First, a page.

The Other Columbus: What writing isn’t
As National Poetry Month comes to a close, Alive’s columnist weighs in on the act of writing, and the increased urgency of doing so in this moment
I’d like to spend some time talking about what writing isn’t.
Whenever a writer starts talking about what writing is, there’s a 99.9 percent chance they can be proven wrong in five seconds by a good librarian. For every noble definition of writing, there is a stack of trash novels that say otherwise. And as we close out National Poetry Month, it seems appropriate to weigh in on the act of writing itself.
Writing isn’t revolutionary or beautiful or powerful or life-saving. It can be any or all of those things from time to time, but it is not writing’s job to be those things. That’s the job of the writer, the reader, or both. You don’t get to put your inability to change the world on a book.
For many writers, the act of writing often feels like a religious experience. You get caught up in it, you zone out, you feel euphoria, people respond to it with great emotion, etc. I’ve been running a weekly poetry open mic for 21 years; many poets refer to it as coming to church. I get why, but, honestly, I’m a horrible pastor. Part of why that’s true is because I only subscribe to what writing is for the writer, not what writing is, period.
Let’s look at what some famous writers have had to say about this and why they’re wrong.
“Writing is the hardest work in the world. I have been a bricklayer and a truck driver, and I tell you — as if you haven't been told a million times already — that writing is harder. Lonelier. And nobler and more enriching.”
Not true. There are lots of jobs harder than writing. And, in fairness, Ellison was a luddite who wrote on a typewriter in a world where computers were a thing that actually existed.
“There is no other form of writing that feels so good as a lyric poem as it gushes forth in a steady flow. If that metaphor rubs you the wrong way; if you would at once insist that poetry is Hard Work and not a luxury product for intellectual sybarites; if poetry suggests to you rather the possibility of a Seriousness higher than prose rather than the possibility of sheer music — then nature did not intend you for a poet.”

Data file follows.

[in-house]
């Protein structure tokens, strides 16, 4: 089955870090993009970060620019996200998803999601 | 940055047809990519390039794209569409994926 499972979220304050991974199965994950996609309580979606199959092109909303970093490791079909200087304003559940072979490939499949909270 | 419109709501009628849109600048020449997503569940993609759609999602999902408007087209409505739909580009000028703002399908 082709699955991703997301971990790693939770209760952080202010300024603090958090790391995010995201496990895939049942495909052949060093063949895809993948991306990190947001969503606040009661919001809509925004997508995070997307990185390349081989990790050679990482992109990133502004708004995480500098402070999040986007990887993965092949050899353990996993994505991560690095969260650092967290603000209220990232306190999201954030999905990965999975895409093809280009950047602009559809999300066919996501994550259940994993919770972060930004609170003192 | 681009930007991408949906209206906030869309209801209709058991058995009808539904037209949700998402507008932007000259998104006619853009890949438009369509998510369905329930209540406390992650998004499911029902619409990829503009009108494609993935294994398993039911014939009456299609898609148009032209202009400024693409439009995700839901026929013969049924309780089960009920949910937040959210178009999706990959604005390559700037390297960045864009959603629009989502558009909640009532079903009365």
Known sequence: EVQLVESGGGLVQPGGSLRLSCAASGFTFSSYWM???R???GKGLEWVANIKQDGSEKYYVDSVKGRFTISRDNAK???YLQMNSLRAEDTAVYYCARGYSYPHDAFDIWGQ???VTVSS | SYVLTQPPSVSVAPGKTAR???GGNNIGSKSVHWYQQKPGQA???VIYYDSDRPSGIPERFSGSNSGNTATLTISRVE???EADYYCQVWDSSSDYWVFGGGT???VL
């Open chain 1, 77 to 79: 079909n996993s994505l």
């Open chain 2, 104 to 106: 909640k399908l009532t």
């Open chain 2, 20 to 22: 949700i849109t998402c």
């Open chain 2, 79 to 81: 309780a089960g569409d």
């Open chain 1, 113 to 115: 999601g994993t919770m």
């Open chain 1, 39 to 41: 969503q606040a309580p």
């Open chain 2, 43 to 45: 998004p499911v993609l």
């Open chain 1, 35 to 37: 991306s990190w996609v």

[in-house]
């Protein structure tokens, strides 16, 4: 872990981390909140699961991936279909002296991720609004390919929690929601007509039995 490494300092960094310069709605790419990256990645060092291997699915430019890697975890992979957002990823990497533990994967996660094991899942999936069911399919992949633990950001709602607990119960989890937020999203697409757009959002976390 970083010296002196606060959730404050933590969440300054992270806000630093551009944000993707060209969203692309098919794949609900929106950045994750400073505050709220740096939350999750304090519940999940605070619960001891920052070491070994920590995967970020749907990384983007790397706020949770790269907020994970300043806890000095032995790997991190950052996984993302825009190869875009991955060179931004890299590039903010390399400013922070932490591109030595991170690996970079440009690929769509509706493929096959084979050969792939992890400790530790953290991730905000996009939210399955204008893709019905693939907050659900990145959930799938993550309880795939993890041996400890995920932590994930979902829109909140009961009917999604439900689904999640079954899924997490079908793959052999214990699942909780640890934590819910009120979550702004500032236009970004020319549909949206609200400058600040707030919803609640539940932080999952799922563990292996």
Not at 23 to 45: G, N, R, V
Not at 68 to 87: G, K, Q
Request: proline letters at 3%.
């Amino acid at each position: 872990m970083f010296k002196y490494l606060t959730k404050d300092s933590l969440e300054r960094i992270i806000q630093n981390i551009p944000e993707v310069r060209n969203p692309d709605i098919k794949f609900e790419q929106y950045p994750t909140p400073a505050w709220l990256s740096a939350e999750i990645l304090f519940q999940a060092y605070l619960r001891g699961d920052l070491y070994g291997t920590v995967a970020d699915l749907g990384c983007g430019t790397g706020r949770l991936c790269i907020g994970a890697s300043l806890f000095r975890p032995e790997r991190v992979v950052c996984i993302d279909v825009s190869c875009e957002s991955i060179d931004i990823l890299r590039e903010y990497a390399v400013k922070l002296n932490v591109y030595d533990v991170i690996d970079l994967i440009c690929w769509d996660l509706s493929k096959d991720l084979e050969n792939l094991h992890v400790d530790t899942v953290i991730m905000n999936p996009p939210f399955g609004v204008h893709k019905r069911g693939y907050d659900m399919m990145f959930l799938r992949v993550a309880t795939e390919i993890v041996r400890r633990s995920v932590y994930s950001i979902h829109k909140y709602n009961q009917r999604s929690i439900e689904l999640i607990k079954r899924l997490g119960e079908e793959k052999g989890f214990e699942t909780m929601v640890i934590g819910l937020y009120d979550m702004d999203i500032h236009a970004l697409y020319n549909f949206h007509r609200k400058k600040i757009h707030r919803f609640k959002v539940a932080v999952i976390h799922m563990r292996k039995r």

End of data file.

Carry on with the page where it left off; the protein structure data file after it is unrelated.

This isn’t even true for all the poets at my open mic, let alone in all of poetry, but I like the sentiment. Poets take themselves too seriously, so I like how Disch deflates them a little here by essentially countering Ellison.
“Writers get a nice break in one way, at least: They can treat their mental illnesses every day.”
THIS IS HORRIBLE ADVICE. Writing can be therapeutic, but should never be seen as a replacement for actual therapy. If you need therapy, I implore you to get it (and save me some grief at open mic).
“The writer is an instrument of transformation.”
Now THIS is as true a truism as could ever be true. This is a truth that applies to any book ever written. The writer transforms by virtue of having been creative. It may only change the world of the writer, but the world isn’t the world. The world is made up of billions of worlds interacting with one another. And if by chance your world encounters mine — even from several steps away — then it has had an effect.
The world as we know it is on fire. But if you’ve been paying attention, the world has always been on fire. More of us are just smelling the smoke these days. In many writers, this generates an urge to action, a compulsion to do the right thing. Generally speaking, this is a good thing. Lord knows room is always made for the writers uninterested in engaging the world in its brimstone moments. It is my hope, as someone who is both targeted and dismissed by the world on a daily basis, that as many writers as possible deem it important to participate with society in a way that speaks to such moments.